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The life and art of Vivien Leigh

Dark Star: A Biography of Vivien Leigh by Alan Strachan, I.B. Tauris, US $27.00, Pp 376, February 2019, ISBN 978-1788312080

Vivien Leigh was surely one of the most iconic actresses of the 20th century although she played in only 19 films during her 30-year long film career. As Scarlett O’Hara and Blanche Du Bois, she took on some of the most pivotal roles that changed the cinema forever. In Dark Star, Alan Strachan tells us the full-life story of Vivien Leigh, covering both her personal and professional life. With the help of new sources, Alan Strachan tells us how Vivien changed the cinema. Using her letters and diaries, Alan also shines a light on her fractious relationship with Laurence Olivier. Alan Strachan takes the reader behind the scenes and gives a full story of one of the greatest cinema actresses of all times.

Alan Strachan says that Vivien Leigh left us half a century ago but interest in her life and work and times has not abated. There have been many plays written based on episodes in her life and the people around her. Vivien rose to stardom in with the release of epic film ‘Gone with the Wind.’ Vivien had been acting for a while before she was chosen by David Selznick for the epic film. Other beauties of her day — society’s Lady Diana Cooper, Gladys Cooper, Ava Gardener, Greta Garbo — could not match her range and offered no competition on stage. Truly great beauties — Lily Elsie, Maxine Elliot, Lilly Langtry, Elizabeth Taylor — rarely make great stage performers, largely they do not have to.

Alan Strachan says that Vivien’s first major success in England was due, as she acknowledged, to her beauty. He however argues that no career enduring over three decades, covering work on stage in Shakespeare, Shaw, Chekov, Tennessee William, Jean Giraudoux, Noel Coward, Terence Rattigan, and a Broadway musical — a range wider than many actresses of her generation —  alongside an outstanding screen career, can be sustained solely on looks. She had luck in her career, as she never denied, but bad luck haunted her too and it seems, always, that she constantly had to attempt to escape various shadows.

Vivien actually made comparatively few films –19 in a 30-year career — but she had very rapidly assimilated the screen’s special demands; her early British films, made at a time when there were few talented native directors, still had some inspired, mostly émigré cinematographers from whom she absorbed an unquantifiable amount. Most British actors then tended to patronize the cinema — Ralph Richardson’s attitude (“You sell to the cinema what you learned in the theatre”) was representative — but while Vivien came to love the theatre more she was too intelligent to shot-change film wok. Even in some of these less than classic early efforts, many of them low-budget and quickly shot, a latent vitality, a sense of the complexity of nature both fragile and infused with tensile strength, is communicated. Alan Strachan says that she grasped the essence of screen acting remarkably swiftly (much ahead of Olivier) — that above all the camera photographs though, that the eyes are the index to the interior life. Her eyes were what immediately stuck both Selznick and Cukor; the latter had said from the outset on “Gone with the Wind” that he wanted someone “with fire in her eyes.” Directors and cameramen mostly loved to photograph Vivien’s eyes — many of her films contain memorable close-ups — and virtually all the obituaries and features covering her death mentioned in their focus on her beauty, masking the question of her talent, a lingering shadow.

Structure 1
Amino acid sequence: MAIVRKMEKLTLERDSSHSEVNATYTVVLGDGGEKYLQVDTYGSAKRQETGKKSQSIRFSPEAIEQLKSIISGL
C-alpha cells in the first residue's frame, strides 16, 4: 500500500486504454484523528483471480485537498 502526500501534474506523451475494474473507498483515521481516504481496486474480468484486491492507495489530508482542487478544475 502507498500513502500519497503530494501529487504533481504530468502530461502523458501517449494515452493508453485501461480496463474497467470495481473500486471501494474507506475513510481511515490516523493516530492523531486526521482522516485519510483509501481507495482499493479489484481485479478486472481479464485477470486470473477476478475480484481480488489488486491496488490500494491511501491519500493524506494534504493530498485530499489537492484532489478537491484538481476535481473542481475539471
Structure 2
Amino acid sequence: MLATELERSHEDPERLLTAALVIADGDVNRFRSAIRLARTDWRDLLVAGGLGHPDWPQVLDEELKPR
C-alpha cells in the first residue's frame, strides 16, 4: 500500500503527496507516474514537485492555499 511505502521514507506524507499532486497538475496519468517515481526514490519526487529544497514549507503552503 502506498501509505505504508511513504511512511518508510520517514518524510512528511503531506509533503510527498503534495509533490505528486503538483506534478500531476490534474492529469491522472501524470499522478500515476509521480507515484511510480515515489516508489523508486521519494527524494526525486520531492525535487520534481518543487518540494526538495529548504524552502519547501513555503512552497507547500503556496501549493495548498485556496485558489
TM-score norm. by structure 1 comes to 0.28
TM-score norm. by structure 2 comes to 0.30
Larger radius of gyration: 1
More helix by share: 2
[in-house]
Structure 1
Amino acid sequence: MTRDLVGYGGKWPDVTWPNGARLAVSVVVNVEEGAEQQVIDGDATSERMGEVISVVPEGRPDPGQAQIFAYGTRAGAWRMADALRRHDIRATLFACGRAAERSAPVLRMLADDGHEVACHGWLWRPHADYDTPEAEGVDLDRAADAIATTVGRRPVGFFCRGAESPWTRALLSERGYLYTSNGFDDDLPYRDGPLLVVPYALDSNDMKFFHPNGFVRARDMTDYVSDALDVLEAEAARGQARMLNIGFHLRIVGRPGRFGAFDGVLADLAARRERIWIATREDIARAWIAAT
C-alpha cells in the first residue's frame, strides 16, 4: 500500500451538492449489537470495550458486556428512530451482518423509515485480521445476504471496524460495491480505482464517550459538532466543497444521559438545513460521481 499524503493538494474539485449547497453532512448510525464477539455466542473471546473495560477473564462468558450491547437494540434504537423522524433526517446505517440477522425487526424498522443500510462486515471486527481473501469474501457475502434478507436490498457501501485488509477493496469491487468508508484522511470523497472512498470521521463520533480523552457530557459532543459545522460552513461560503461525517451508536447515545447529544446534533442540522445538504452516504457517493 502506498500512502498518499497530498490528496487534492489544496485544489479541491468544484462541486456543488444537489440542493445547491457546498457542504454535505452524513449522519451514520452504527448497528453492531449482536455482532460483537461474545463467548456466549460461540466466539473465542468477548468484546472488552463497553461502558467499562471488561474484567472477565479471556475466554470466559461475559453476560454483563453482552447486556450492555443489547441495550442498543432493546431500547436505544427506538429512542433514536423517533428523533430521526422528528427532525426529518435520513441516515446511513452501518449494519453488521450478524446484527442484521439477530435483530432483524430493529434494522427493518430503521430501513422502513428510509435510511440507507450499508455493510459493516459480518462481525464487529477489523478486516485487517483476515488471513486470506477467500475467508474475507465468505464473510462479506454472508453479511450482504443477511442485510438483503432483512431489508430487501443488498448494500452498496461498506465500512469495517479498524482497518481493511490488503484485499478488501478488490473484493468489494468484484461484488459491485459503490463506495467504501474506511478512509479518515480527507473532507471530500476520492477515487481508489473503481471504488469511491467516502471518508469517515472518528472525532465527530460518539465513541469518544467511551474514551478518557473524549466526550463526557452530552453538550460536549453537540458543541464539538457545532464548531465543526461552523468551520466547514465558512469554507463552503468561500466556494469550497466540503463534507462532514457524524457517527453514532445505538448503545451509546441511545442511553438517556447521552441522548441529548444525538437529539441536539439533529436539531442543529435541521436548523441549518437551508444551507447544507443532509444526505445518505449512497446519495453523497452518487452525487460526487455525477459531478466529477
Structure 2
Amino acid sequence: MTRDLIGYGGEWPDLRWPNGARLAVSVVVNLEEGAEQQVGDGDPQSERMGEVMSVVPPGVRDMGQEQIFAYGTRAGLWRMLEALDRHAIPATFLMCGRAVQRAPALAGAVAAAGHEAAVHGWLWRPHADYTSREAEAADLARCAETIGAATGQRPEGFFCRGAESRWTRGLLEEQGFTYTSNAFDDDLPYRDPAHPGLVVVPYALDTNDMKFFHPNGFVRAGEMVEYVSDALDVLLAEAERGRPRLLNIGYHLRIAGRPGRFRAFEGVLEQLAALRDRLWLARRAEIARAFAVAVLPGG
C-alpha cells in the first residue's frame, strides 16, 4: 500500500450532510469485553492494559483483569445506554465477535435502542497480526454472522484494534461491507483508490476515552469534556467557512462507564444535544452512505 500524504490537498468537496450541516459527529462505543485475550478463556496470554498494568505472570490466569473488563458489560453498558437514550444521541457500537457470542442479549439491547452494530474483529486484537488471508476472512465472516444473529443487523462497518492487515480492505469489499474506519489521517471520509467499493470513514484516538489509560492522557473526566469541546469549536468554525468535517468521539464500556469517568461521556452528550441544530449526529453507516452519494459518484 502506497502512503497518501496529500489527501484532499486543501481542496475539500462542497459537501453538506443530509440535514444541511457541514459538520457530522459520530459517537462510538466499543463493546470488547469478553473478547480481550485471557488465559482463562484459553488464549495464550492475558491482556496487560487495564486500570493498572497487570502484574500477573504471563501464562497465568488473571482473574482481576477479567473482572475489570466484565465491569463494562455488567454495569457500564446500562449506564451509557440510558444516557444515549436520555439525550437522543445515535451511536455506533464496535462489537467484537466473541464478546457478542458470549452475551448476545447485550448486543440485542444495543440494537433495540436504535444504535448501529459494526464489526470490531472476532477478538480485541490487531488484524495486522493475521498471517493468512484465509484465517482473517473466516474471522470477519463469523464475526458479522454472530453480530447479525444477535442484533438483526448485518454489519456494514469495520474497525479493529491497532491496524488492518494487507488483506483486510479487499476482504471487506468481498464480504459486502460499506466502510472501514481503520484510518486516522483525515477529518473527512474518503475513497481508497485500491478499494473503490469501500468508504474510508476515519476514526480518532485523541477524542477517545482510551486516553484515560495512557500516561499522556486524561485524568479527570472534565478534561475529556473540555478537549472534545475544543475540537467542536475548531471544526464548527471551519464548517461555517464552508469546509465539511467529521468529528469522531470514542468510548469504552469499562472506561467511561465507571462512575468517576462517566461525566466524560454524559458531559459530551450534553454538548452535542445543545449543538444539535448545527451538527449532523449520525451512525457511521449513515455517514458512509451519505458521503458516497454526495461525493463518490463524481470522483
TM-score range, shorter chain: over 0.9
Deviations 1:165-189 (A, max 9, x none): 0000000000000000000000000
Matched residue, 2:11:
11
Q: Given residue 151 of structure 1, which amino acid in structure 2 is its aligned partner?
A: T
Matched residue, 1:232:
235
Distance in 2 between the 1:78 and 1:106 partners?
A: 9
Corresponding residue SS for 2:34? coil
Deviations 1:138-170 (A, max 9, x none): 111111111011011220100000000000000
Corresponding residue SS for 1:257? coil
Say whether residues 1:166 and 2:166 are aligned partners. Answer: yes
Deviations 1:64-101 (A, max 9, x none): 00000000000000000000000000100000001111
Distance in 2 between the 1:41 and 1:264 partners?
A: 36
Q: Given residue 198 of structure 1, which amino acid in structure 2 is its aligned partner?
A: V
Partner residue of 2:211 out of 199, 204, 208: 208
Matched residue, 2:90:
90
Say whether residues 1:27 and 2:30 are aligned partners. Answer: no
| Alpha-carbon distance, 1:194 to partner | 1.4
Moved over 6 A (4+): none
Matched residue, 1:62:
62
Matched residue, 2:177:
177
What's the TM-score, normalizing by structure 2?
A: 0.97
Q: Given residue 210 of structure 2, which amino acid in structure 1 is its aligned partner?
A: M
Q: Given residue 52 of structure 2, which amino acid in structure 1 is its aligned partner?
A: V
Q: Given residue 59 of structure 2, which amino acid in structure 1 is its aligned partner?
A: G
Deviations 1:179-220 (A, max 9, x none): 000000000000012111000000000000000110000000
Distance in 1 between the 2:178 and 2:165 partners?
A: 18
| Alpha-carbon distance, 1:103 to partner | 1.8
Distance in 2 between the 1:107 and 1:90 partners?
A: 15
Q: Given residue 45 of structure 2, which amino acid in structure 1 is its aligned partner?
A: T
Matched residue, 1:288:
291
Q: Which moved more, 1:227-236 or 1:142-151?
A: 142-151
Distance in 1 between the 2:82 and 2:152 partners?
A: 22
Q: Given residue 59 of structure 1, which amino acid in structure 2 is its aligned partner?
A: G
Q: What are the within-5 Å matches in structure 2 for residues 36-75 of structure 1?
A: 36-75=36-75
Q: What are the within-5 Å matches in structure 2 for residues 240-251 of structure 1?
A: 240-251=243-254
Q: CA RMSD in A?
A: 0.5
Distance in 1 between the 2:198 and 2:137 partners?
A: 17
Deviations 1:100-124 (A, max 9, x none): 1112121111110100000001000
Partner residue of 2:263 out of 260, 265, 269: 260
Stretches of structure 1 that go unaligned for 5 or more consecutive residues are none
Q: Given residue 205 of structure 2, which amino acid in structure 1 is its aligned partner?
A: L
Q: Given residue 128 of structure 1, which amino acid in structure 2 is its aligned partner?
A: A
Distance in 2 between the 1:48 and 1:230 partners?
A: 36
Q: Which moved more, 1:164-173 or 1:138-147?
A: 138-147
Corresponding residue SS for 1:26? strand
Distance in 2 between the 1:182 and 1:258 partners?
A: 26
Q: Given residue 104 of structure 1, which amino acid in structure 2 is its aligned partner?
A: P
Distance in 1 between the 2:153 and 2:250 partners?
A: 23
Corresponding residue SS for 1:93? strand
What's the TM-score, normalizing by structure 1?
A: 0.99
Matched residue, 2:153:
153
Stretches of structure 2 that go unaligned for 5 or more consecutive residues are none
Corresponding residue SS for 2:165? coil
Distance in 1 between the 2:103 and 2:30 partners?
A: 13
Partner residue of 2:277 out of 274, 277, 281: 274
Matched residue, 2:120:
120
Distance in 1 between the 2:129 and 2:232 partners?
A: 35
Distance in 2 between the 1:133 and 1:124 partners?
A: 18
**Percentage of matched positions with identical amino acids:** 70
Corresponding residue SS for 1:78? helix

Alan Strachan says that the cumulative impression conveyed by the most influential critic of his era has affected Vivien’s posthumous reputation. She was a different theatrical animal from Olivier but that does not make her a second rate one. And she was a star on screen in a way Olivier never quite matched (possibly because he did not want to, ruthlessly competitive though he could be on stage). A true movie star is both actor and embodiment of his and or her myth; Olivier’s sheer protection quality undercut that, but on film so often Vivien defines screen stardom.

Dark Star is probably the best-told biography of an actress we all adore. Vivien Leigh’s fans will hugely commend Alan Strachan for this gift. As an insider, Alan Strachan’s personal views on the life and art of Vivien Leigh make the book outshine other biographies of the actress. Alan Strachan makes Vivien even more mesmerizing. This is a meticulously researched and beautifully written book. It is an authentic biography in which Alan Strachan draws our attention to the less-talked-about movies as well.

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